(Photo by samuelrichards.com.au)

The moment when physicists are rejoicing the first glimpse of a Higgs boson is probably an appropriate time to share an anecdote from my days in CERN. I worked there as a trainee in 1997, when they had started to build the ATLAS detector (I wrote some pieces of realtime 3D software for the ATLAS project document management system).

Before I arrived in CERN, there had been a big crisis. The particles had stopped appearing in the detectors. After a few days the cause for this was found: a Carlsberg can that had been placed (or forgotten?) inside the detector tunnel. Every time the accelerator has to be closed for maintenance, the amount of people in the CERN cafeterias triples. Most of the people don’t look very tanned.

My workplace was the brand new ATLAS building that had a cylinder shape and the corridors inside were circular. The walls were gray, there were no posters on the wall or any other visible details that would help one to figure out one’s location. Walking around the corridors felt like being inside a never ending loop.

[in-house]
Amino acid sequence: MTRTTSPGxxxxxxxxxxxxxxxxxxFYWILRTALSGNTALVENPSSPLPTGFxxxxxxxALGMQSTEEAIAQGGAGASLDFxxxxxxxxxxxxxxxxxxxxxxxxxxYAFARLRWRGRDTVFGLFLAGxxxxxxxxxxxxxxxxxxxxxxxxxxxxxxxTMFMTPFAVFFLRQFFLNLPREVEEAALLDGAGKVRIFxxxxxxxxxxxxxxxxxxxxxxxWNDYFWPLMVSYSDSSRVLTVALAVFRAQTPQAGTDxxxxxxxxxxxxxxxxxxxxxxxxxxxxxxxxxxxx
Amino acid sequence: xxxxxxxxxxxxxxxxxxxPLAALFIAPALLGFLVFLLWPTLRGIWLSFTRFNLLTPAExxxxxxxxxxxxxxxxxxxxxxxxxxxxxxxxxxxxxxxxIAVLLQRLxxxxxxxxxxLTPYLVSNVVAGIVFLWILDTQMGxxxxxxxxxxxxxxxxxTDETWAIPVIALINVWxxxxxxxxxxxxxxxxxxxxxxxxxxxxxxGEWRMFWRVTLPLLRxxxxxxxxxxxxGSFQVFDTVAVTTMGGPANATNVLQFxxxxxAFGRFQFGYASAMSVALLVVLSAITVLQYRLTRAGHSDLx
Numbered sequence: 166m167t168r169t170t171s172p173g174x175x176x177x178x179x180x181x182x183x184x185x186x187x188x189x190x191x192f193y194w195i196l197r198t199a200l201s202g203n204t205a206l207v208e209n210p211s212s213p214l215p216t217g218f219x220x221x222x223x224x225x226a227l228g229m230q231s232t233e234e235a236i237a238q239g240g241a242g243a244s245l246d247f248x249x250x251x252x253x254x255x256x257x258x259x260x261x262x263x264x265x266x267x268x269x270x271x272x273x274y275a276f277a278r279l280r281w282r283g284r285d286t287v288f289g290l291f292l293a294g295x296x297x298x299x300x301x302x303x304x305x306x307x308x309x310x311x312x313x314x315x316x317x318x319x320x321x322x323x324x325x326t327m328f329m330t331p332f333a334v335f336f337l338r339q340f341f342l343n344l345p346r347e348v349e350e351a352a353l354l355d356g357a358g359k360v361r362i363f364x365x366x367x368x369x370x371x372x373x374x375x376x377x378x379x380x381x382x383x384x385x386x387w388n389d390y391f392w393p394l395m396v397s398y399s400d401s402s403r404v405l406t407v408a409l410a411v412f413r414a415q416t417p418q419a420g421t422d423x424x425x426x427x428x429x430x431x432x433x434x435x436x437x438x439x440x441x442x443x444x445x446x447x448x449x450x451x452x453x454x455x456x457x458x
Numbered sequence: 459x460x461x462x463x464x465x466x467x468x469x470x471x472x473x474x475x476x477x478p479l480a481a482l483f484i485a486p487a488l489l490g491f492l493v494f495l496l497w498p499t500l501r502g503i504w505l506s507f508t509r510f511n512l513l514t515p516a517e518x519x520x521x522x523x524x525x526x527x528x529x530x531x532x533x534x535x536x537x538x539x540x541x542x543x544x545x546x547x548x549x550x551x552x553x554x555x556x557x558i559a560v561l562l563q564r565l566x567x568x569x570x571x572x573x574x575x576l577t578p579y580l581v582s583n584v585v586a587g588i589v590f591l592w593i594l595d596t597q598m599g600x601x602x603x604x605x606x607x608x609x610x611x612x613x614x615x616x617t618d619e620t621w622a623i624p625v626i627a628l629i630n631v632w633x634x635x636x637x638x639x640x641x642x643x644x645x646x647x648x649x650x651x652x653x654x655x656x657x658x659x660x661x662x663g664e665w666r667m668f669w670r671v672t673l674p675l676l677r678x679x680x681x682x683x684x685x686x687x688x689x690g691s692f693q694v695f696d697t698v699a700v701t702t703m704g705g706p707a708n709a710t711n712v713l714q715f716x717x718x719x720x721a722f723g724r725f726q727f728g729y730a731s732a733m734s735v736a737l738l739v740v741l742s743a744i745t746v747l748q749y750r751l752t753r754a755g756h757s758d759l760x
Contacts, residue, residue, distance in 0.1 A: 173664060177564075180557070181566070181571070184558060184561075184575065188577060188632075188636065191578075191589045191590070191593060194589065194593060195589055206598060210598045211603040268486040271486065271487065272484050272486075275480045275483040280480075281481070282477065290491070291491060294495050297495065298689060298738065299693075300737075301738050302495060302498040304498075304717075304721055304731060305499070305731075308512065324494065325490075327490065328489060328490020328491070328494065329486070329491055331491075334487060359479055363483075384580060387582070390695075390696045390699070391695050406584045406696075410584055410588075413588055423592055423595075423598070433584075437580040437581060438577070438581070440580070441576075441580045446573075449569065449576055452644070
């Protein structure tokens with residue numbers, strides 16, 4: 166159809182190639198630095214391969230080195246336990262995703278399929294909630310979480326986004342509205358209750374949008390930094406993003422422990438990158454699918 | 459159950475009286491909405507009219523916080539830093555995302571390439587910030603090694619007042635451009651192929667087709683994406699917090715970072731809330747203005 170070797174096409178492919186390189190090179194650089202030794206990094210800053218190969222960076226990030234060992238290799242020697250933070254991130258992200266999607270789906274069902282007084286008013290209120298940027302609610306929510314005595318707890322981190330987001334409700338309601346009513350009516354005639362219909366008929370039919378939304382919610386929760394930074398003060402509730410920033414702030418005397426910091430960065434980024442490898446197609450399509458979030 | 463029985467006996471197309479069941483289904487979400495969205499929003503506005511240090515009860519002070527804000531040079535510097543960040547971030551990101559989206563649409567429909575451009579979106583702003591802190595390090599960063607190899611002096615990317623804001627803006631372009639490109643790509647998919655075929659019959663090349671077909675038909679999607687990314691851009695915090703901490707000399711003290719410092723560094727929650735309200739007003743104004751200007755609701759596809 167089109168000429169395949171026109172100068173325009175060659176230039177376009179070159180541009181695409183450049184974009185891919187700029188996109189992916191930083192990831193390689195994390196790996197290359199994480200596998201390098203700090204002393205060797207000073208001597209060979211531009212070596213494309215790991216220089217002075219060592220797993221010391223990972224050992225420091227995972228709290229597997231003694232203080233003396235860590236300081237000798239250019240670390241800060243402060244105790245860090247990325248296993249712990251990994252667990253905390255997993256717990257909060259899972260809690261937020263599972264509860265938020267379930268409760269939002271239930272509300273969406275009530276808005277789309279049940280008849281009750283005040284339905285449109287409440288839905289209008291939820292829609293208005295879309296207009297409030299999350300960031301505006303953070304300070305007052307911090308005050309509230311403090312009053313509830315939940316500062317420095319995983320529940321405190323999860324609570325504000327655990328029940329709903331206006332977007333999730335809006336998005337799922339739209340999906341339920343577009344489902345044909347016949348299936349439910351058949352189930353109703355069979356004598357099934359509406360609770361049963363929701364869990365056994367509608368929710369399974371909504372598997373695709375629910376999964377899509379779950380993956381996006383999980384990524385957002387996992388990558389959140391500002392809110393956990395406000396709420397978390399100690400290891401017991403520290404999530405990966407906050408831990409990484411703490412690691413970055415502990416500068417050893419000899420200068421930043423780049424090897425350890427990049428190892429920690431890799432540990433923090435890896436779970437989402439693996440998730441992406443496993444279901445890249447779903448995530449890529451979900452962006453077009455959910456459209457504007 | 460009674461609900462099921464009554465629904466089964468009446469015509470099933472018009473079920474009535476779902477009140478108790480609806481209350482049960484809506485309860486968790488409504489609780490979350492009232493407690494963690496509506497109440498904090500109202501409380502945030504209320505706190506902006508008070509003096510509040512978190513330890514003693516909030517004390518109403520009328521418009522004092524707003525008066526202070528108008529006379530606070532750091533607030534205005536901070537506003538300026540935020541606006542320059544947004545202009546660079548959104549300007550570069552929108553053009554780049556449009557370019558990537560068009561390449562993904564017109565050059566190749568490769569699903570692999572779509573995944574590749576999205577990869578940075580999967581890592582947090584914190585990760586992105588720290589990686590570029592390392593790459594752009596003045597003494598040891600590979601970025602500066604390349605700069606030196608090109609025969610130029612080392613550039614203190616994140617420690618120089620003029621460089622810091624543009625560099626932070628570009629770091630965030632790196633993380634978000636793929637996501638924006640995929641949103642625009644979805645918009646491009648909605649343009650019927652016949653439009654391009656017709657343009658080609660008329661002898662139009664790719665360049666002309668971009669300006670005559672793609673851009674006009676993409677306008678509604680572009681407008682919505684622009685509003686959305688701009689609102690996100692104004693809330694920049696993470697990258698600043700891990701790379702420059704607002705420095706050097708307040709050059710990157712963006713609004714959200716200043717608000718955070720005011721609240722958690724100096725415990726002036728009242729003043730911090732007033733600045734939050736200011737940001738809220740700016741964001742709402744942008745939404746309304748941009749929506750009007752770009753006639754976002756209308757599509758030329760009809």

After the Swiss National Day celebrations, I placed a colourful, ball-shaped paper lamp to hang above my desk. A week later people were using the ball as location marker – ‘is your office left or right from the ball?’.

My plan was that on my last day in CERN, I would make a small prank and change the location of the ball. On that day I was just too busy and did not manage to do this, and this tiny failure kept bothering me for years. But today I can finally let go of this! Since maybe, if I would have done my prank, maybe some renowned physicist would not have found his/her office that day and maybe, just maybe, a piece of important research would have failed, and maybe, just maybe, we would not be celebrating the discovery of Higgs boson today!